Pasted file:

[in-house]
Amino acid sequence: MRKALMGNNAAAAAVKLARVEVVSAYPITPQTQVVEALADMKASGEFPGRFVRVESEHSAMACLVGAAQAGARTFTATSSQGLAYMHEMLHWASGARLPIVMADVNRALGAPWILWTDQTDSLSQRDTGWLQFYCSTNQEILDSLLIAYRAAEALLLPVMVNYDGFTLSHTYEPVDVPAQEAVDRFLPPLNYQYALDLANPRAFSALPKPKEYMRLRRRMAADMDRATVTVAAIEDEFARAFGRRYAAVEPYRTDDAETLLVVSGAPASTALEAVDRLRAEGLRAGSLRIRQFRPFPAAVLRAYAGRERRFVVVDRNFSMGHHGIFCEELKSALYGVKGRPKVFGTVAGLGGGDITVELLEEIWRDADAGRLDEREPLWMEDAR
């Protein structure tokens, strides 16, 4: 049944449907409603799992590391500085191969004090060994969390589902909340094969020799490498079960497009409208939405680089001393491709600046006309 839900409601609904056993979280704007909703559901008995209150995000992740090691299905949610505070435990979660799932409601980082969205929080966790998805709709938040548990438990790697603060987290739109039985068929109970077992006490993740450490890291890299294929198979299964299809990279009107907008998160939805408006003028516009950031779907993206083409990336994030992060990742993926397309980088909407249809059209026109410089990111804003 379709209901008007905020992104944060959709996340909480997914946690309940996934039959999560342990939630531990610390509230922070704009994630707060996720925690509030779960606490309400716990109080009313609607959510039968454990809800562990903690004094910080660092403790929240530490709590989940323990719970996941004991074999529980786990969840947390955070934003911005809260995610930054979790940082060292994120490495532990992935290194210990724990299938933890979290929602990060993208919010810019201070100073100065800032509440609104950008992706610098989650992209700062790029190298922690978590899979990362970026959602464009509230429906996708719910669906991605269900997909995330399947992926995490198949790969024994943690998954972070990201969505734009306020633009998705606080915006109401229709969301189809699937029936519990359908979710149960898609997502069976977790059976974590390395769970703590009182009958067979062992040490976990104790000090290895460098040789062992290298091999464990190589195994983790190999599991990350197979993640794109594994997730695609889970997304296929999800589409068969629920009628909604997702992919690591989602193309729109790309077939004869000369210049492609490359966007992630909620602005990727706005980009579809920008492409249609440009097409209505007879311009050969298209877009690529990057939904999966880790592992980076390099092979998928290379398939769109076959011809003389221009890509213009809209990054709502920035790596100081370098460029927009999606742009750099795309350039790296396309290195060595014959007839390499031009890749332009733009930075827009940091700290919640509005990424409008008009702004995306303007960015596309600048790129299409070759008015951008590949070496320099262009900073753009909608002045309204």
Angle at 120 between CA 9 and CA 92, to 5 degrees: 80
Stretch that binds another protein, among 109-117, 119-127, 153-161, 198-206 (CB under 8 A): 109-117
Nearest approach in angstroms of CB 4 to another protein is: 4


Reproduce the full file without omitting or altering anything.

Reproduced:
[in-house]
Amino acid sequence: MRKALMGNNAAAAAVKLARVEVVSAYPITPQTQVVEALADMKASGEFPGRFVRVESEHSAMACLVGAAQAGARTFTATSSQGLAYMHEMLHWASGARLPIVMADVNRALGAPWILWTDQTDSLSQRDTGWLQFYCSTNQEILDSLLIAYRAAEALLLPVMVNYDGFTLSHTYEPVDVPAQEAVDRFLPPLNYQYALDLANPRAFSALPKPKEYMRLRRRMAADMDRATVTVAAIEDEFARAFGRRYAAVEPYRTDDAETLLVVSGAPASTALEAVDRLRAEGLRAGSLRIRQFRPFPAAVLRAYAGRERRFVVVDRNFSMGHHGIFCEELKSALYGVKGRPKVFGTVAGLGGGDITVELLEEIWRDADAGRLDEREPLWMEDAR
């Protein structure tokens, strides 16, 4: 049944449907409603799992590391500085191969004090060994969390589902909340094969020799490498079960497009409208939405680089001393491709600046006309 839900409601609904056993979280704007909703559901008995209150995000992740090691299905949610505070435990979660799932409601980082969205929080966790998805709709938040548990438990790697603060987290739109039985068929109970077992006490993740450490890291890299294929198979299964299809990279009107907008998160939805408006003028516009950031779907993206083409990336994030992060990742993926397309980088909407249809059209026109410089990111804003 379709209901008007905020992104944060959709996340909480997914946690309940996934039959999560342990939630531990610390509230922070704009994630707060996720925690509030779960606490309400716990109080009313609607959510039968454990809800562990903690004094910080660092403790929240530490709590989940323990719970996941004991074999529980786990969840947390955070934003911005809260995610930054979790940082060292994120490495532990992935290194210990724990299938933890979290929602990060993208919010810019201070100073100065800032509440609104950008992706610098989650992209700062790029190298922690978590899979990362970026959602464009509230429906996708719910669906991605269900997909995330399947992926995490198949790969024994943690998954972070990201969505734009306020633009998705606080915006109401229709969301189809699937029936519990359908979710149960898609997502069976977790059976974590390395769970703590009182009958067979062992040490976990104790000090290895460098040789062992290298091999464990190589195994983790190999599991990350197979993640794109594994997730695609889970997304296929999800589409068969629920009628909604997702992919690591989602193309729109790309077939004869000369210049492609490359966007992630909620602005990727706005980009579809920008492409249609440009097409209505007879311009050969298209877009690529990057939904999966880790592992980076390099092979998928290379398939769109076959011809003389221009890509213009809209990054709502920035790596100081370098460029927009999606742009750099795309350039790296396309290195060595014959007839390499031009890749332009733009930075827009940091700290919640509005990424409008008009702004995306303007960015596309600048790129299409070759008015951008590949070496320099262009900073753009909608002045309204």
Angle at 120 between CA 9 and CA 92, to 5 degrees: 80
Stretch that binds another protein, among 109-117, 119-127, 153-161, 198-206 (CB under 8 A): 109-117
Nearest approach in angstroms of CB 4 to another protein is: 4